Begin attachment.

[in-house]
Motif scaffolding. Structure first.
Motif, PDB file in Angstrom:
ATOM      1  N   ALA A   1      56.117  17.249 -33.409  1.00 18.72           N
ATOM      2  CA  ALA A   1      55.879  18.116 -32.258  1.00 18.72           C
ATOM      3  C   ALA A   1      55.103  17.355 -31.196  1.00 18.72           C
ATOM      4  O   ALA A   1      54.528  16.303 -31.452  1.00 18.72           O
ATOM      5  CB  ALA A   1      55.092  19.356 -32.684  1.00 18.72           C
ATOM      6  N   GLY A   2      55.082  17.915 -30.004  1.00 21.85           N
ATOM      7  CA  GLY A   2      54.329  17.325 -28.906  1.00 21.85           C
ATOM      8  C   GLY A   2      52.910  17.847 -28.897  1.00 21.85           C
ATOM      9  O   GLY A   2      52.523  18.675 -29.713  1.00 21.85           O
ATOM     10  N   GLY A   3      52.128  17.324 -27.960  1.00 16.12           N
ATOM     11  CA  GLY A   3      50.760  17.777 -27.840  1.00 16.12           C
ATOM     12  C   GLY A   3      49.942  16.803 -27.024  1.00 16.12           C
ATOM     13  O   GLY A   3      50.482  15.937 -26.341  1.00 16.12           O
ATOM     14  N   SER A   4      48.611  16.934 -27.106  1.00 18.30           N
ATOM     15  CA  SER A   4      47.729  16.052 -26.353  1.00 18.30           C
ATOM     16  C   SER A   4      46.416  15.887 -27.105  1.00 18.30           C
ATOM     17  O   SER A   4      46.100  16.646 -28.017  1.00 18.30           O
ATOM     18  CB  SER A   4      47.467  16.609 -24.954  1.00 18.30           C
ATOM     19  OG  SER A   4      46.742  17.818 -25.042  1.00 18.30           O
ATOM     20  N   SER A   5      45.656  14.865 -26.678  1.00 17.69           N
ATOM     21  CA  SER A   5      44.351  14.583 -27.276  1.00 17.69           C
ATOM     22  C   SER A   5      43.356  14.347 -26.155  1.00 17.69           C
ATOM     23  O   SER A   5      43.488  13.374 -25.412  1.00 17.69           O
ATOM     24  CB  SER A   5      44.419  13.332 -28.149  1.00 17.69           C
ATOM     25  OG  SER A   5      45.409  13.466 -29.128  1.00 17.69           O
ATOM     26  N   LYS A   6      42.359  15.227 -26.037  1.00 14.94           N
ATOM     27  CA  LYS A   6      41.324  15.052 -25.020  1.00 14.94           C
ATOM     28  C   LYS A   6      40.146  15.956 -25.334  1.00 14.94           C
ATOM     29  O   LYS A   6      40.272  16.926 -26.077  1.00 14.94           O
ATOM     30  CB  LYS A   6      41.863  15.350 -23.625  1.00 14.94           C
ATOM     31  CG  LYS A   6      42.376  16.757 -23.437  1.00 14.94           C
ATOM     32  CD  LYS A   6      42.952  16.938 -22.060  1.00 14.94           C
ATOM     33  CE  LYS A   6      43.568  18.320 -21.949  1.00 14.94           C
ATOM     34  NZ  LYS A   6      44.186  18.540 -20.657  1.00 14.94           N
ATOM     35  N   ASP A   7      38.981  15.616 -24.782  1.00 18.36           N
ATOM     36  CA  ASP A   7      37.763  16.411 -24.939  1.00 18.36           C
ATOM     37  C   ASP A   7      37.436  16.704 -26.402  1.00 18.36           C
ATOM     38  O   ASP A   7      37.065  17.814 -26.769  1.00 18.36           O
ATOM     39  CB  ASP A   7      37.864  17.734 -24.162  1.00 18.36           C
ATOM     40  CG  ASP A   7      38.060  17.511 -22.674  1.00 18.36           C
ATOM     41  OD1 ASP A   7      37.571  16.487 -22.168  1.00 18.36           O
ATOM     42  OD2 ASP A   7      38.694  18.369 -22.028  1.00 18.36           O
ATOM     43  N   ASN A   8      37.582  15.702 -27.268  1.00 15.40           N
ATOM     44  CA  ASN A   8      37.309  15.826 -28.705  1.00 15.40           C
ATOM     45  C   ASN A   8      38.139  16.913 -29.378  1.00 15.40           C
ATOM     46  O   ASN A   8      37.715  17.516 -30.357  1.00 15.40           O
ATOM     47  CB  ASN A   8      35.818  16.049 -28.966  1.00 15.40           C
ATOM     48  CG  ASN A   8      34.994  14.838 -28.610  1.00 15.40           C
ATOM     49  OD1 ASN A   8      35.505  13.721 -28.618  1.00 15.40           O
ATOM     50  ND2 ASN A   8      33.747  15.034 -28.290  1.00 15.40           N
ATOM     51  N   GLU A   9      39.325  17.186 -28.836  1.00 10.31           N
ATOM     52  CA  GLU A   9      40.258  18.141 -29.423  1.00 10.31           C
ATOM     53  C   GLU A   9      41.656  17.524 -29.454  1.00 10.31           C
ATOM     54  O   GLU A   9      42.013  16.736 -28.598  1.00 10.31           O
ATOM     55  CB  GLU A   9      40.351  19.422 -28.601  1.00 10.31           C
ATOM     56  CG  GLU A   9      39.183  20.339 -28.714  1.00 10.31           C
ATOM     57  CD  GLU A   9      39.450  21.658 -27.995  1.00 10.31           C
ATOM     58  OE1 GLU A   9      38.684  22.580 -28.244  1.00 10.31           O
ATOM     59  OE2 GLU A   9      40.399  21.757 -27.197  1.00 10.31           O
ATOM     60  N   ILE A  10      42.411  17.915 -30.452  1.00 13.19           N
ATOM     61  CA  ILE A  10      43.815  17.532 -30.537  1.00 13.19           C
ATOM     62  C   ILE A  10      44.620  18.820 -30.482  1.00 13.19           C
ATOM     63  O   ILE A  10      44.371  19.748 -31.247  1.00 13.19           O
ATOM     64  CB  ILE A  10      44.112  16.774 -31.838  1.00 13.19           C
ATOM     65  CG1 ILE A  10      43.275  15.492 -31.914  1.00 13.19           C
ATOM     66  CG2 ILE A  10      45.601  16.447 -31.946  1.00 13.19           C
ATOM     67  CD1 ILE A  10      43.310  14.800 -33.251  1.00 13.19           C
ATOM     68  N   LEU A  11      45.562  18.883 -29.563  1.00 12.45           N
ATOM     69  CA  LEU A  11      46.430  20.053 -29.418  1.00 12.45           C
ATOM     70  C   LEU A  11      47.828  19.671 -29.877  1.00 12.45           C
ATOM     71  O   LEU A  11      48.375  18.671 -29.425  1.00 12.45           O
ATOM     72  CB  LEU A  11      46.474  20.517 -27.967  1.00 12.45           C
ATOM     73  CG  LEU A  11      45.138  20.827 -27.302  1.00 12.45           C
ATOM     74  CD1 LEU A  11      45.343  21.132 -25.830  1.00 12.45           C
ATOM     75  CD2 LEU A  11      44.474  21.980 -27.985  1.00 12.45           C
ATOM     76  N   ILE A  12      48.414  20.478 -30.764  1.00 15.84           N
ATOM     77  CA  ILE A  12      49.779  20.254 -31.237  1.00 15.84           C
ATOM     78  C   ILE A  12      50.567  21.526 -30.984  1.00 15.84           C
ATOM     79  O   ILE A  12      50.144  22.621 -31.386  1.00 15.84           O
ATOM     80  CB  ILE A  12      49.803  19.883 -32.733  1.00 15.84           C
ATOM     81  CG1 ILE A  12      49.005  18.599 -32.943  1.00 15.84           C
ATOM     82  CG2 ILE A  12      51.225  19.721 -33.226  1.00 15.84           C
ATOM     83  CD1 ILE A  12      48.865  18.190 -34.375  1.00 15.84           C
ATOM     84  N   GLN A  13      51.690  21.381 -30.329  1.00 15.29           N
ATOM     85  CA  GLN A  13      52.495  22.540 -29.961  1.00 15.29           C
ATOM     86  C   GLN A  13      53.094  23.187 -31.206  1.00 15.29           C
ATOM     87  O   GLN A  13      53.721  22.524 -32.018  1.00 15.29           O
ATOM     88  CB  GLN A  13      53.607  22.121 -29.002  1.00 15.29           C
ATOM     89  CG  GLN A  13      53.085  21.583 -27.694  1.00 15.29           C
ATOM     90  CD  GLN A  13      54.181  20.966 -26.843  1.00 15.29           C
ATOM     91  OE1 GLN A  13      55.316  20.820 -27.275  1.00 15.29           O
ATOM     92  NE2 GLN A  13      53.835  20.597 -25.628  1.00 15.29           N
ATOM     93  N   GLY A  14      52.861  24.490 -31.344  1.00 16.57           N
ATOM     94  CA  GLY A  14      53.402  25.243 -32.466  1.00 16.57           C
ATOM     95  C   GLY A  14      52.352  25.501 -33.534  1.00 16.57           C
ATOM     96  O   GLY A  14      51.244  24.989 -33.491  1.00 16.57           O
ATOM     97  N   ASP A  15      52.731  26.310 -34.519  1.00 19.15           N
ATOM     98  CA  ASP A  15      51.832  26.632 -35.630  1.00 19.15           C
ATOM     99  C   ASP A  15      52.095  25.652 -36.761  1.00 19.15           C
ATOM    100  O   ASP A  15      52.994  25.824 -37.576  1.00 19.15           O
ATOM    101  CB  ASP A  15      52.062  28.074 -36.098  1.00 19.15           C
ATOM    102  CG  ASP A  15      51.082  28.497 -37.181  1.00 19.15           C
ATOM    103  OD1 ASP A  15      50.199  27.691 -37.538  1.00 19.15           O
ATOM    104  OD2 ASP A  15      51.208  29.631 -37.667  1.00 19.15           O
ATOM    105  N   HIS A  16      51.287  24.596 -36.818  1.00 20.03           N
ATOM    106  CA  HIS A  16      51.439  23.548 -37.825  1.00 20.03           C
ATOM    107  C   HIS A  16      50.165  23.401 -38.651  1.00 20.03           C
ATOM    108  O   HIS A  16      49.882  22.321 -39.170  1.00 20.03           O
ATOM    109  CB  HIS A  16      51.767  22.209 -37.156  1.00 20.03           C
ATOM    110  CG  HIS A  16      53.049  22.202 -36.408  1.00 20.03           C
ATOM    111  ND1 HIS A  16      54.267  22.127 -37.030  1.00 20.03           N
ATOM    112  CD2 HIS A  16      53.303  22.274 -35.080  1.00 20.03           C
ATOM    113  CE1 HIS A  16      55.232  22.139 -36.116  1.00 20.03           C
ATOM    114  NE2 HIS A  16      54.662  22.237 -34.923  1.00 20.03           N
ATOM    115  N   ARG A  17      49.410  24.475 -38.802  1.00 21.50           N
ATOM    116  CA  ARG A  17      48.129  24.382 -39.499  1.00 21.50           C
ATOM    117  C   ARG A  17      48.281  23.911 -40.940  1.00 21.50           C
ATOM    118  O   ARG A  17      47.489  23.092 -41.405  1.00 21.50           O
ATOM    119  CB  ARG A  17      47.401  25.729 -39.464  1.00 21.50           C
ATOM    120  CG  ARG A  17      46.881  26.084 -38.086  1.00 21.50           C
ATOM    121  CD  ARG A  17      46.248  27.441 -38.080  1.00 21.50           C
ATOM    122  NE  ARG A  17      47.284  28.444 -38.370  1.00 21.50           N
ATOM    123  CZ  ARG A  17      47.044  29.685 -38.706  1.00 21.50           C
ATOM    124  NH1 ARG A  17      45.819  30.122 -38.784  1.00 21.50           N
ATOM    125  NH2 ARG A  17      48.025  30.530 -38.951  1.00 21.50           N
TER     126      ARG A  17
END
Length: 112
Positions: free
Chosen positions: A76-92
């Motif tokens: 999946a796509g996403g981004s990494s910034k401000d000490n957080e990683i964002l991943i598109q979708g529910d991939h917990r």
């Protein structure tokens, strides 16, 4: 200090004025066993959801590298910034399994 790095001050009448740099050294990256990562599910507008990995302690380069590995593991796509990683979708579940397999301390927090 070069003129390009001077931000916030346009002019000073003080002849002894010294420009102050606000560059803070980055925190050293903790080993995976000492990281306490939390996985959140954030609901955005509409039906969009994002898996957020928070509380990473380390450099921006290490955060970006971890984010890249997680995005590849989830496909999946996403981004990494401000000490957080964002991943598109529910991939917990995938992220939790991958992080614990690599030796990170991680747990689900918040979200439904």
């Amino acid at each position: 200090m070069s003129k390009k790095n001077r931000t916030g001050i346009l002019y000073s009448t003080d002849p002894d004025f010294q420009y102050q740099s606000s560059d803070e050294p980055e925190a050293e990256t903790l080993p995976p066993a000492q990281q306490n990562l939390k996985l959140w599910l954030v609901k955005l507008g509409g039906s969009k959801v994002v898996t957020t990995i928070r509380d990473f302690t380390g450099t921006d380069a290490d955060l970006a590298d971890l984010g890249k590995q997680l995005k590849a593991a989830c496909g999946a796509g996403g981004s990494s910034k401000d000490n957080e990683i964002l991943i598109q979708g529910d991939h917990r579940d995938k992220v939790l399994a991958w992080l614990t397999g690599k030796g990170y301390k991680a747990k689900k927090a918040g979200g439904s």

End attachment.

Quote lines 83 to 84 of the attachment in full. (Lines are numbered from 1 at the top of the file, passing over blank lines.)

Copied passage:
ATOM     80  CB  ILE A  12      49.803  19.883 -32.733  1.00 15.84           C
ATOM     81  CG1 ILE A  12      49.005  18.599 -32.943  1.00 15.84           C